FRANKFURT (AFP) - German authorities have opened a probe into stock purchases in 2015 by Deutsche Boerse chief executive Carsten Kengeter, shortly before the announcement of the market's planned merger with the London Stock Exchange, a spokesman said Wednesday (Feb 1).
The inquiry centres on the acquisition by Kengeter of Deutsche Boerse shares worth about 4.5 million euros (S$6.85 million) on Dec 14, 2015, the bourse spokesman told AFP.
Two months later, in February 2016, Deutsche Boerse and the London Stock Exchange unveiled their merger plans, an announcement which sent their share prices shooting upwards.
"The investigators are studying if there is a possible suspicion of insider dealing," the Deutsche Boerse spokesman told AFP, adding that Kengeter had "always been transparent" about the operation.
In a short English-language statement, Deutsche Boerse said the Frankfurt public prosecutor's office "today investigated at Deutsche Boerse AG in respect of a share purchase by its chief executive officer which was carried out on 14 December 2015".
The share purchase was "in implementation of the executive board's remuneration programme as approved by the supervisory board of Deutsche Boerse AG," it said.
"Such (a) programme provides for an investment of the executive board members in shares of Deutsche Boerse AG," it added, saying that it was cooperating "fully" with prosecutors.
The company spokesman said that the board has asked Kengeter "to act as a real entrepreneur" and acquire shares in the company.
"This is what Mr. Kengeter has done," the spokesman stressed, adding the had "always been transparent about his purchase of shares".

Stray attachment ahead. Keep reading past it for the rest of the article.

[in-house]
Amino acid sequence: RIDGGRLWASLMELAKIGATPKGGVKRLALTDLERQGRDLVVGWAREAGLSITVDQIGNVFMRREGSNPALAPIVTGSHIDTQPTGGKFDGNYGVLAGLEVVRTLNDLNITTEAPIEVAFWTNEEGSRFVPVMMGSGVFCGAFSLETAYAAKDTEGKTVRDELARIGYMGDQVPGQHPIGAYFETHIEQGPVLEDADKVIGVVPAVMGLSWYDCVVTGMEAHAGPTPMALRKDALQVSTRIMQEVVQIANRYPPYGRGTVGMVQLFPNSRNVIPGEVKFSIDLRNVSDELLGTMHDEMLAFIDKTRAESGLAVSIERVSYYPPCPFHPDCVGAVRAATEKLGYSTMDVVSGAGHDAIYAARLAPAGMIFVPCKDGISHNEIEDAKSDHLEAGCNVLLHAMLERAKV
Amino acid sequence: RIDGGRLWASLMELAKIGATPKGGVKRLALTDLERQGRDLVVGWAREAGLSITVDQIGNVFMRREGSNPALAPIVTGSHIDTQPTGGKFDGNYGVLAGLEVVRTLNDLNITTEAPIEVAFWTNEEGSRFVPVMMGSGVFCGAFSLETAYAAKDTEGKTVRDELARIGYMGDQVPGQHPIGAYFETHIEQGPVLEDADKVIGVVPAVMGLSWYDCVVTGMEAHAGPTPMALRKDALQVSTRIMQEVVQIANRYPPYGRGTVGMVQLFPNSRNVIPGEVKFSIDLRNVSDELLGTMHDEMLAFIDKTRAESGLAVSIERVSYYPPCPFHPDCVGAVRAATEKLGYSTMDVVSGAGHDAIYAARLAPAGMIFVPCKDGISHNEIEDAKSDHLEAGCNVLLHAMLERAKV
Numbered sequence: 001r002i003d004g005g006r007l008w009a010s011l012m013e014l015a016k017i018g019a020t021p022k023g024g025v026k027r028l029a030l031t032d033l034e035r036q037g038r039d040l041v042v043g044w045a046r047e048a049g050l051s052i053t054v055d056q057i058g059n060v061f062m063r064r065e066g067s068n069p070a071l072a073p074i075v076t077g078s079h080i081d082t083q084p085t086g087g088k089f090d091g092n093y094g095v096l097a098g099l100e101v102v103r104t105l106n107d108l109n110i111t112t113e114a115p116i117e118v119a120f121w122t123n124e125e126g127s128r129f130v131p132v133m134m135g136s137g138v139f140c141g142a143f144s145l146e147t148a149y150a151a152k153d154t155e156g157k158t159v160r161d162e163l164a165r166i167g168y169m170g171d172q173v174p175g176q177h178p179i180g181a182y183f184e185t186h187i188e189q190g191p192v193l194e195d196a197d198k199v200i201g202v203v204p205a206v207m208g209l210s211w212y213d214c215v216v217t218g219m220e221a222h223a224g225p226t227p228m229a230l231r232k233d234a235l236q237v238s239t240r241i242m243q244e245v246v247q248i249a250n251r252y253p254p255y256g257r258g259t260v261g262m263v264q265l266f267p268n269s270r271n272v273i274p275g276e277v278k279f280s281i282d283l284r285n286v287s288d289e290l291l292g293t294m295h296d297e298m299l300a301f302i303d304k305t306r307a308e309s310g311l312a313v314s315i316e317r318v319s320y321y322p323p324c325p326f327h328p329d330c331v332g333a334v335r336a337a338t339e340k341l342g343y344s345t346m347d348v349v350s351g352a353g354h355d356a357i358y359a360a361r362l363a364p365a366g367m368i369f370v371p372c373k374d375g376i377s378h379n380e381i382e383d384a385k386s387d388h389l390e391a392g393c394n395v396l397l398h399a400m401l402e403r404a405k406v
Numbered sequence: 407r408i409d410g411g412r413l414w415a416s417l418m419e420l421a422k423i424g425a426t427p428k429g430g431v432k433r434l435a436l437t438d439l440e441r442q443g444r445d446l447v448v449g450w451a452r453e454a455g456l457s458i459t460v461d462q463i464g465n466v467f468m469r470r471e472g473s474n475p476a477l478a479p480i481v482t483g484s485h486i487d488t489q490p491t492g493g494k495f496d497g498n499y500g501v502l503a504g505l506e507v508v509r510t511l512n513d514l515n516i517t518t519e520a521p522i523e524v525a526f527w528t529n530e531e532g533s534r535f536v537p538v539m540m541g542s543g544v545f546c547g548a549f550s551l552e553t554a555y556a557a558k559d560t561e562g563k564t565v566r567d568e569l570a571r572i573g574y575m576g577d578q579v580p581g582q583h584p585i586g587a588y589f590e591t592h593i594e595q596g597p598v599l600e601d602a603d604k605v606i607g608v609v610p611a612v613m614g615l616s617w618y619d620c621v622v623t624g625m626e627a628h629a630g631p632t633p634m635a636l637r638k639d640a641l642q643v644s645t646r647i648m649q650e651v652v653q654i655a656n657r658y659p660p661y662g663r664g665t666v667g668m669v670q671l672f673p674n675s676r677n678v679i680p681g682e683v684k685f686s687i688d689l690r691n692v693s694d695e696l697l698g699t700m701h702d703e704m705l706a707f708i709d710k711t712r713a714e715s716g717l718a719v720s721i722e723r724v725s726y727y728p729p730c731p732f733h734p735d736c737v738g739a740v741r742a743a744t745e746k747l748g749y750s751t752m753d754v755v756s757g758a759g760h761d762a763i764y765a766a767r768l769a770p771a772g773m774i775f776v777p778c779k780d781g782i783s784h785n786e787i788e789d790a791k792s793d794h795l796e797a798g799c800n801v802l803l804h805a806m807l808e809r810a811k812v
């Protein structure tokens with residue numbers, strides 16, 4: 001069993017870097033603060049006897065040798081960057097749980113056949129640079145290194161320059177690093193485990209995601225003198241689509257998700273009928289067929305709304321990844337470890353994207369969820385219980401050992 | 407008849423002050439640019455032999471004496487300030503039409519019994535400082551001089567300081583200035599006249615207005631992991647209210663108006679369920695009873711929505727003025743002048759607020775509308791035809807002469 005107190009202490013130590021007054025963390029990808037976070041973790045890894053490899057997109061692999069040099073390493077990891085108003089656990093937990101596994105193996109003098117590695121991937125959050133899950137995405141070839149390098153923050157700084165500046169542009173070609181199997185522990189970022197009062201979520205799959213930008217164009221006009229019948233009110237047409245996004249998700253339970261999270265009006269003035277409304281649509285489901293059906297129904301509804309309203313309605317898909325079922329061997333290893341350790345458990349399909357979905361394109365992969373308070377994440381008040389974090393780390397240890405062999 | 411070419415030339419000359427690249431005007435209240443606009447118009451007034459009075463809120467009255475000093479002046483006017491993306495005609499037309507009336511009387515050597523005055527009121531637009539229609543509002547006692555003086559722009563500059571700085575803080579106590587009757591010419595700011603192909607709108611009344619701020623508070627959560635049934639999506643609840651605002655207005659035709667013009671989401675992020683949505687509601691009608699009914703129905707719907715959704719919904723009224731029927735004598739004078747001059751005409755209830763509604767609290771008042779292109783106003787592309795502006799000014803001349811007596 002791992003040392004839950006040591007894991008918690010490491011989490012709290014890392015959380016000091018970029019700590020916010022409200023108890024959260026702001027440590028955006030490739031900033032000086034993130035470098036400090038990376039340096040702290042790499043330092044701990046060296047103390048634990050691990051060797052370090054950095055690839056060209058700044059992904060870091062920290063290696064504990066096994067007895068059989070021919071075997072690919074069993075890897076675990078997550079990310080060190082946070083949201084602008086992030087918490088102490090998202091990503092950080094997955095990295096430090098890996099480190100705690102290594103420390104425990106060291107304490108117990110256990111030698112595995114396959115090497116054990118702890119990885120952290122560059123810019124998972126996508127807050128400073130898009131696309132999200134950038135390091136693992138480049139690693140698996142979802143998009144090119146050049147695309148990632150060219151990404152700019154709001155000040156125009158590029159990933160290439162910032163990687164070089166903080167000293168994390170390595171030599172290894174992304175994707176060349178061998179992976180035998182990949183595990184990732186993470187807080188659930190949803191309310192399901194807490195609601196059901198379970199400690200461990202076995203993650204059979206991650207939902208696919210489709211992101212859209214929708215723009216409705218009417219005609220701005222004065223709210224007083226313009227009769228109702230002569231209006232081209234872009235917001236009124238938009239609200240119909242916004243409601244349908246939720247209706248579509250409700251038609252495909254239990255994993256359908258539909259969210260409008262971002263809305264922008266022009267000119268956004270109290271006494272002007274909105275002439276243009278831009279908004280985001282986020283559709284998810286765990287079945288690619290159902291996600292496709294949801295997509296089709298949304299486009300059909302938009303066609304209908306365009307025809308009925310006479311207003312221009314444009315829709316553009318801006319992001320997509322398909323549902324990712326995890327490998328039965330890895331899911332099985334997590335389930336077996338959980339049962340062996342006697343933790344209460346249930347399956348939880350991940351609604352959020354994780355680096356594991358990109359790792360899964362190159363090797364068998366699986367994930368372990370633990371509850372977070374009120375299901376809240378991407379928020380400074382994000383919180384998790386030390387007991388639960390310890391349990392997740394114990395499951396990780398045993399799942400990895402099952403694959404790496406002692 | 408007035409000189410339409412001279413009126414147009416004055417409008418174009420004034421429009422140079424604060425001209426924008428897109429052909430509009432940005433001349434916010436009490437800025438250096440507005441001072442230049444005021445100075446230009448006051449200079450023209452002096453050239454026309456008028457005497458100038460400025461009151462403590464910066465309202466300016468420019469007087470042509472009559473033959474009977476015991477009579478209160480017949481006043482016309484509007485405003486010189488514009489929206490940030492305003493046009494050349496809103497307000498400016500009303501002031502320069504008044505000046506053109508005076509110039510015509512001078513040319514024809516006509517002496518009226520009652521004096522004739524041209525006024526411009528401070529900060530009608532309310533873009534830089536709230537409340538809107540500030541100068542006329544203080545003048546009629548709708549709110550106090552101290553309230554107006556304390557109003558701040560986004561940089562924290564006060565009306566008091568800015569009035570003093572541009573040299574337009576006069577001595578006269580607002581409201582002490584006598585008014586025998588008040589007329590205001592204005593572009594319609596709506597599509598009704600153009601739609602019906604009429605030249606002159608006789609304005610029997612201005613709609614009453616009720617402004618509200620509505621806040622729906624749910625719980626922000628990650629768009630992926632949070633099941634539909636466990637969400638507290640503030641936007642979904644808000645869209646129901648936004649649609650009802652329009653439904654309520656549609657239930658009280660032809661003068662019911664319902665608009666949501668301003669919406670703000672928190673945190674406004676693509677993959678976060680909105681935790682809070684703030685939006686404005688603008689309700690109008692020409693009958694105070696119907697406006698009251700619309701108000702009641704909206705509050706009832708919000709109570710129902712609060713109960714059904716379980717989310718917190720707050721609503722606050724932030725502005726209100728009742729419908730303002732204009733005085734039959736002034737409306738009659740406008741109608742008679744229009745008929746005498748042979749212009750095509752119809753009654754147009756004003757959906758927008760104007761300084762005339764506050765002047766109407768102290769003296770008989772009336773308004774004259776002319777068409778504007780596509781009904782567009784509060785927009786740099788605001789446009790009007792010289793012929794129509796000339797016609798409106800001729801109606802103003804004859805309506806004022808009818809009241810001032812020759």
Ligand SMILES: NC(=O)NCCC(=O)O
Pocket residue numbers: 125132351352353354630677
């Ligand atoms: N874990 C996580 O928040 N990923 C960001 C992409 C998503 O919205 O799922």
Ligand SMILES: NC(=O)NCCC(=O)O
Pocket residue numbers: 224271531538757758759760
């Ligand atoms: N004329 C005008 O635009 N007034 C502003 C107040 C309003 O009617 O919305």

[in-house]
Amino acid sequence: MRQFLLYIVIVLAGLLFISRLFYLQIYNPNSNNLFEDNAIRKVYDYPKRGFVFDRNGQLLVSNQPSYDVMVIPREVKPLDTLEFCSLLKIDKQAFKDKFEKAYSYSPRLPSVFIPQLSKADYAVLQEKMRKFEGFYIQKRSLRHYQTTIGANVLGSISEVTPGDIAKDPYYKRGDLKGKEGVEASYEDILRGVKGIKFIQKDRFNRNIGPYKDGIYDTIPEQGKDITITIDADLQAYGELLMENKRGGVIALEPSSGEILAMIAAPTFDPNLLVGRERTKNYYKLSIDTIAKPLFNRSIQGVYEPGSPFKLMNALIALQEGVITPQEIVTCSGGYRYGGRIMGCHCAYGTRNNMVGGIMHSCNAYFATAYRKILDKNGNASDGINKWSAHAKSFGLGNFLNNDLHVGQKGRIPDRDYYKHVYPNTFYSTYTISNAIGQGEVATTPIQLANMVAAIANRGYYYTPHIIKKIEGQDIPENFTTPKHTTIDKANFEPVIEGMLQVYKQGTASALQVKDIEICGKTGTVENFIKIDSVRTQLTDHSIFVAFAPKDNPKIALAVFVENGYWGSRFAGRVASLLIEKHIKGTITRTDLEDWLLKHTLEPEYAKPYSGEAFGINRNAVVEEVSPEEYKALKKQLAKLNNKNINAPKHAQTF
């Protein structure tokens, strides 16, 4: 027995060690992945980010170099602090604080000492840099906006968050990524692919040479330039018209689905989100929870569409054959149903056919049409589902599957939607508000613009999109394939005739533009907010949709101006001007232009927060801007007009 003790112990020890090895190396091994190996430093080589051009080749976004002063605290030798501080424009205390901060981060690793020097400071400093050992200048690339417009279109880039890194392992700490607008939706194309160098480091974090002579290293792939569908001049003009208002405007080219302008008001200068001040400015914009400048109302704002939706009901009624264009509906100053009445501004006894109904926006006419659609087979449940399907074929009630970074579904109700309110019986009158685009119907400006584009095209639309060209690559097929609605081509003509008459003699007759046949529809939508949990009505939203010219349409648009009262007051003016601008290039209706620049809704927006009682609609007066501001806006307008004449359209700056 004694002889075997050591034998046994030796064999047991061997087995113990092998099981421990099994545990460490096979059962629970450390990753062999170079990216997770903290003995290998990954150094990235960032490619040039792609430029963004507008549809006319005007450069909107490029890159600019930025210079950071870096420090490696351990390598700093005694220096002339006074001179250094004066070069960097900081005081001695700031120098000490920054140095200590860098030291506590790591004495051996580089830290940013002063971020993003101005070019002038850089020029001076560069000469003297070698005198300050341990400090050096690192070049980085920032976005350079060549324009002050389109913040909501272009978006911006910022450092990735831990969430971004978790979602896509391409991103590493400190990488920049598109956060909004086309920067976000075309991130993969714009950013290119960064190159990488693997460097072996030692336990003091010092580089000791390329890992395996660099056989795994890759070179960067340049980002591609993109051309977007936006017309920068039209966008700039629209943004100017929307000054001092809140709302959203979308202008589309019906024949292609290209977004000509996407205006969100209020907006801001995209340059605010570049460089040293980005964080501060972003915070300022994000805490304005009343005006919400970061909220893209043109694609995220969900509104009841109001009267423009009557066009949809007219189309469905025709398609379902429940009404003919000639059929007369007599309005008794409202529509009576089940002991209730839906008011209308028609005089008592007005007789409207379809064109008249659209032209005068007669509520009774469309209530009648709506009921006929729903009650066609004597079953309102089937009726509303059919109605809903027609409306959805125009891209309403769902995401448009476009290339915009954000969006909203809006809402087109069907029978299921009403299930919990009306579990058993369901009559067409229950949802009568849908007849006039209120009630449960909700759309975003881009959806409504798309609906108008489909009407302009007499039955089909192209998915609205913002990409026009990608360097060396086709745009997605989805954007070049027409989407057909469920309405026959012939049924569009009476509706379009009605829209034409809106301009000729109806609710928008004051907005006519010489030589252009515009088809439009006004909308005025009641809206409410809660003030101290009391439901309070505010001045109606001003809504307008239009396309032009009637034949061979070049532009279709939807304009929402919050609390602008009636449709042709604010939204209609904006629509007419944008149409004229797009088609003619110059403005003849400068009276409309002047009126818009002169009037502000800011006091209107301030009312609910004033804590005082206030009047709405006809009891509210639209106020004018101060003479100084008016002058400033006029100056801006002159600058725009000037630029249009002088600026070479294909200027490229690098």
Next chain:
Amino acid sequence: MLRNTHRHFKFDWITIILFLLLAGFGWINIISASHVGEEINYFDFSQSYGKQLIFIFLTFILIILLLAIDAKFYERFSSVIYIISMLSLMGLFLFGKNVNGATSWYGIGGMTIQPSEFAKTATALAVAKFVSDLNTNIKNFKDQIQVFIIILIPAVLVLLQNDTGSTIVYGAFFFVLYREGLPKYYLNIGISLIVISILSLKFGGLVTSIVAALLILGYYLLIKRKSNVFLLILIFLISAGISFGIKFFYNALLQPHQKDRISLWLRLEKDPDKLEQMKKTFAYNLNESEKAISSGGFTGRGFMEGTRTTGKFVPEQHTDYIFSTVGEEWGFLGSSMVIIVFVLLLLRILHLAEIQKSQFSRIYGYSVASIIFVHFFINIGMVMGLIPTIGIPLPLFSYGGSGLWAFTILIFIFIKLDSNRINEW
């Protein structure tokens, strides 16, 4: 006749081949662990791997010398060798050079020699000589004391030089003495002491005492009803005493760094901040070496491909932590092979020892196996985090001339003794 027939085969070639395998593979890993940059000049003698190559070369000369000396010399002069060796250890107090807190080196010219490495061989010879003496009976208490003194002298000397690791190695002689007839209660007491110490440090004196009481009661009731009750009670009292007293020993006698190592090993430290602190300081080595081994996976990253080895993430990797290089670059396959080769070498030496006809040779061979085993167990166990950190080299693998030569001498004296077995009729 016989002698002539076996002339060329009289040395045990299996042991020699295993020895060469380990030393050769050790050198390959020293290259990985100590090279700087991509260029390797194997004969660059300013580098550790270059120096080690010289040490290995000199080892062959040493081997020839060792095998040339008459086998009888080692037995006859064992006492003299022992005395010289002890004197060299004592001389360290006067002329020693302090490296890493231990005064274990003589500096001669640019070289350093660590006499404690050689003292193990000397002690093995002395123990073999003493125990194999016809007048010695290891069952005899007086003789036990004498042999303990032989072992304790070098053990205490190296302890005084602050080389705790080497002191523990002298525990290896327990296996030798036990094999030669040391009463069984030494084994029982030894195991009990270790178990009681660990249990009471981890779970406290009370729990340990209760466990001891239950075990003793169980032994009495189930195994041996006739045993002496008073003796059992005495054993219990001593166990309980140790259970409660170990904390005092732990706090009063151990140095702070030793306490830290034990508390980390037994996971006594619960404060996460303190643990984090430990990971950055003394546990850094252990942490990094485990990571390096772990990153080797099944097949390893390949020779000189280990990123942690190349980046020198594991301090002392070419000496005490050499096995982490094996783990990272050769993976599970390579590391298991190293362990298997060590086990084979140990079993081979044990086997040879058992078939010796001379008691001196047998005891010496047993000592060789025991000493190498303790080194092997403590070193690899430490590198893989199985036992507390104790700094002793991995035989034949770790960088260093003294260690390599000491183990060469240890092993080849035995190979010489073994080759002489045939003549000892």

Deutsche Boerse board chairman Joachim Faber called the accusations against Kengeter "groundless", arguing that discussions around the merger with the London Stock Exchange did not begin until the second half of January 20106.
Wirtschaftswoche, a German economic weekly, reported that police and prosecutors had carried out searches in relation to the case.
The London Stock Exchange and Deutsche Boerse merger would create a financial markets behemoth competing with the likes of the Chicago Mercantile Exchange and ICE in the United States, as well as the Hong Kong stock exchange in Asia.
The planned merger, which has hit turbulence after last year's shock decision by Britain to quit the European Union, would ring up one of the globe's biggest groups for stock listings and market data, tying the Frankfurt-dominated eurozone to a post-Brexit London.
The proposed deal has drawn sharp rebukes from France, Belgium, Portugal and the Netherlands, fearful for their own stock exchanges, owned by Euronext.
Deep concerns over competition helped scupper two earlier attempts by Deutsche Boerse and the London Stock Exchange to merge, in 2000 and 2005.
Last month the London Stock Exchange said it had agreed to offload the French arm of clearing house LCH to European rival Euronext in order to ease some of those fears.
London hosts roughly 1.3 trillion euros of euro clearing transactions every year, a status that is now in danger with the British vote to leave the EU.
Deutsche Boerse operates the Frankfurt exchange, as well as the Luxembourg-based clearing house Clearstream and the derivatives platform Eurex.
The Frankfurt prosecutor's office could not be reached Wednesday for comment.